Twitter to de-emphasise, label politician tweets that break its rules

Twitter to de-emphasise, label politician tweets that break its rules

Twitter logo
The Twitter logo is displayed on a screen on the floor of the New York Stock Exchange (NYSE) in New York City. (REUTERS/Brendan McDermid/File Photo)

WASHINGTON: Twitter said on Thursday (Jun 27) it would identify and de-emphasise tweets that broke its rules but came from important sources, such as politicians, in order to strike a balance between free expression and accountability.

The new feature comes as Twitter has been under scrutiny over political bias over the tweets that appear on its feed and from critics who claim it has not done enough to police tweets from politicians that would be removed if a typical user posted them.

US President Donald Trump, an avid Twitter user with more than 61 million followers, and other conservatives have repeatedly accused technology companies of being biased against them and of favouring liberals.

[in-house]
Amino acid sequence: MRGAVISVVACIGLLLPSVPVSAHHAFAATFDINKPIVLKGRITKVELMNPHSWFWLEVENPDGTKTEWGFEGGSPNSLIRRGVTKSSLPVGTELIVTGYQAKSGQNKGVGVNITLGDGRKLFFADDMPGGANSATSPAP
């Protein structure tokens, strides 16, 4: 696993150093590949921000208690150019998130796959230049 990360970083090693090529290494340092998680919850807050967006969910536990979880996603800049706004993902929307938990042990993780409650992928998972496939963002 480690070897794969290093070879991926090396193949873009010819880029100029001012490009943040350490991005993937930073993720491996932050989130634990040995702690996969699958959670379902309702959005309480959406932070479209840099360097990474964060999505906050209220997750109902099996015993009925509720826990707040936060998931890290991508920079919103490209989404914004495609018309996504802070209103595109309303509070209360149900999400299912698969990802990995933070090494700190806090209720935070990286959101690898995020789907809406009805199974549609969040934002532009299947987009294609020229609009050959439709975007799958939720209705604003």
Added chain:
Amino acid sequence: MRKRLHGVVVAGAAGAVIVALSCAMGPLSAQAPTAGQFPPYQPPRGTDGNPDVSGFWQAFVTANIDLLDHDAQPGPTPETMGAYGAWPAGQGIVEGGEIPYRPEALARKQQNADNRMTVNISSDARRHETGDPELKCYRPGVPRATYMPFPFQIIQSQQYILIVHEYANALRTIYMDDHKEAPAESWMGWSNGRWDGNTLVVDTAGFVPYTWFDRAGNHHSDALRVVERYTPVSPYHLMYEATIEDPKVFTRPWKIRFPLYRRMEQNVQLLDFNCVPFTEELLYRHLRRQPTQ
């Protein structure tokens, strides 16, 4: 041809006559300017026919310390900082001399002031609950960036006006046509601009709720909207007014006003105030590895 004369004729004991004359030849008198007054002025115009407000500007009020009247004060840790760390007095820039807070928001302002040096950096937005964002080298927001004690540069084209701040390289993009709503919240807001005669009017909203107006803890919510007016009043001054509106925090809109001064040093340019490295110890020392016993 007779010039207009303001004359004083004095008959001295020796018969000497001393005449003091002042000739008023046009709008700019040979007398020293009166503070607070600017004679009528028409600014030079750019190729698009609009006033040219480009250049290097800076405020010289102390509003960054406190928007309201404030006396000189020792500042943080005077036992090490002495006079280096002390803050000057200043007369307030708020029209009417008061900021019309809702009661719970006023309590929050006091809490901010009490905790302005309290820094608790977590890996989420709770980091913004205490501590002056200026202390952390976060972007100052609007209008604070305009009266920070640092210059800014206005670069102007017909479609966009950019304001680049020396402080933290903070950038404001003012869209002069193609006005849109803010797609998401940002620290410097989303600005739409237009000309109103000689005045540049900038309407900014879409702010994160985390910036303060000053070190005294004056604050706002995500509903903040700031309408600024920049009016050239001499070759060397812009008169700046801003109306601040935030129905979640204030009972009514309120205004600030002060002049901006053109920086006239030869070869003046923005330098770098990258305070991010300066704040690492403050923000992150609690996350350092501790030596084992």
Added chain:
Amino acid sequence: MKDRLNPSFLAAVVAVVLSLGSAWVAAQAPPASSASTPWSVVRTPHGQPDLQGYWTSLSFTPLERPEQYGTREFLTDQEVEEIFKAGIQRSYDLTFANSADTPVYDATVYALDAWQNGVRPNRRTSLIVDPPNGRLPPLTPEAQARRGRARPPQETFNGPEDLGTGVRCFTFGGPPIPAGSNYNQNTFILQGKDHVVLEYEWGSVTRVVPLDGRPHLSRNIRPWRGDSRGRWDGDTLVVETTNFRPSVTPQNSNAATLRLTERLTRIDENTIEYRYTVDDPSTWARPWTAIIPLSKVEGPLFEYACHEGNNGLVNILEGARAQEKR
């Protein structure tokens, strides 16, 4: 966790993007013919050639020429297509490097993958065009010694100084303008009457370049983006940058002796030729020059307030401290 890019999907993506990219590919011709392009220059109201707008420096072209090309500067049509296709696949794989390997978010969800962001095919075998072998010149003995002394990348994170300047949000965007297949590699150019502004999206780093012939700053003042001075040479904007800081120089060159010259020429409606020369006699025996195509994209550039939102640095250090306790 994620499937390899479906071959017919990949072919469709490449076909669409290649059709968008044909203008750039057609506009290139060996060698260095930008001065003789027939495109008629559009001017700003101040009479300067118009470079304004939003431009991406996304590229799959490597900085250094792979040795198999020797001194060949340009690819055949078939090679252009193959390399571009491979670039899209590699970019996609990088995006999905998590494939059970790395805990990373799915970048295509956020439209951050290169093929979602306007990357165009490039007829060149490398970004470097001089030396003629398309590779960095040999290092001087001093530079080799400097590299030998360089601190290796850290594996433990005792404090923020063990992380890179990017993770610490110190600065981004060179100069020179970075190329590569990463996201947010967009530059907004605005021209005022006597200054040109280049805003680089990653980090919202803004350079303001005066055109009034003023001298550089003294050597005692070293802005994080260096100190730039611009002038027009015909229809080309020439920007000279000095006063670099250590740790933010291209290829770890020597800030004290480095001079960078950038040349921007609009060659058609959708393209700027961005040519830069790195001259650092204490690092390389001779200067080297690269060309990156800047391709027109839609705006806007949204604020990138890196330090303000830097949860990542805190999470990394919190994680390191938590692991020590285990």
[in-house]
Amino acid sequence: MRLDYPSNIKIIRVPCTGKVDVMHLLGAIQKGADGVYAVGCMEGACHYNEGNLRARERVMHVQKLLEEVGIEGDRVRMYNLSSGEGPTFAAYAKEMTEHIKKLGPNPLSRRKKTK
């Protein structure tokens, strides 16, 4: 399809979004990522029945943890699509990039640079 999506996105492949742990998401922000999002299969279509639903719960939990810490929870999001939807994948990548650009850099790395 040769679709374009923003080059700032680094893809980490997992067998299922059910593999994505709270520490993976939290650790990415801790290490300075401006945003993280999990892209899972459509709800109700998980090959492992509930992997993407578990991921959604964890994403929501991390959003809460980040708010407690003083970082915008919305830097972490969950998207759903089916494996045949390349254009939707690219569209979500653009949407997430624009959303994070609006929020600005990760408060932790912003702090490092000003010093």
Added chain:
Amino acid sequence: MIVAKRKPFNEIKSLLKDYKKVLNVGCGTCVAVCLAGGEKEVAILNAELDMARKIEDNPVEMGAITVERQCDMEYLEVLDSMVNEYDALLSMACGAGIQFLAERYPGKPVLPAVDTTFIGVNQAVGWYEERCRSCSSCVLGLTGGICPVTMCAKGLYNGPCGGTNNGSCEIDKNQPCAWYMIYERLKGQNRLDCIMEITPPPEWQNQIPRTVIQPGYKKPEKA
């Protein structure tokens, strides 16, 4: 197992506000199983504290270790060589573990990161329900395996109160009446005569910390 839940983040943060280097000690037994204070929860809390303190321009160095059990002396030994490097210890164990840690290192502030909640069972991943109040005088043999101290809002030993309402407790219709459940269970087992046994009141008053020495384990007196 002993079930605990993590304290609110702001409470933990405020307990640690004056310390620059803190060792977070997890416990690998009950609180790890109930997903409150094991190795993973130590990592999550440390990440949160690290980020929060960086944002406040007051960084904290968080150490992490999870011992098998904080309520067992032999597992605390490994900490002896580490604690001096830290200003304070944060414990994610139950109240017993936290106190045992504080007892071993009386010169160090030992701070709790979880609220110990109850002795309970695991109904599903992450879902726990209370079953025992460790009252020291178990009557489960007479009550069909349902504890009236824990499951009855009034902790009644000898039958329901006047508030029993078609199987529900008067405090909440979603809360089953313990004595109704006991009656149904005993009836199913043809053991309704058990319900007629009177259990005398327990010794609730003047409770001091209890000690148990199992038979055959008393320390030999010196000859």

"We'll now clearly label any tweets which violate our terms of service but decide to keep up due to public interest," Twitter chief executive Jack Dorsey said.

If flagged, the notice would cover the offending tweet and require a user to click on a link to view it.

Twitter said the new rules would apply to politicians and government officials with more than 100,000 followers. Some critics have called on Twitter to take down vitriolic tweets from Trump and other politicians.

"There are certain cases where it may be in the public's interest to have access to certain Tweets, even if they would otherwise be in violation of our rules," Twitter said in a blog post.

In the past, Twitter had allowed such tweets to remain on its feed as they were in public interest, the company said.

Now, it added, "We'll place a notice – a screen you have to click or tap through before you see the Tweet – to provide additional context and clarity."

The notice will appear in the home timeline and across other areas such as search, Twitter said.

Twitter added that "there are cases, such as direct threats of violence or calls to commit violence against an individual, that are unlikely to be considered in the public interest."

The White House did not immediately comment. A Trump spokesman said this week the White House is planning a July 11 social media summit at the White House but has not identified participants.

Trump said in a television interview on Wednesday without evidence that Twitter makes it "very hard for people to join me at Twitter ... and they make it very much harder for me to get out the message." He added "Twitter is just terrible what they do." Twitter declined to comment.

Source: Reuters/de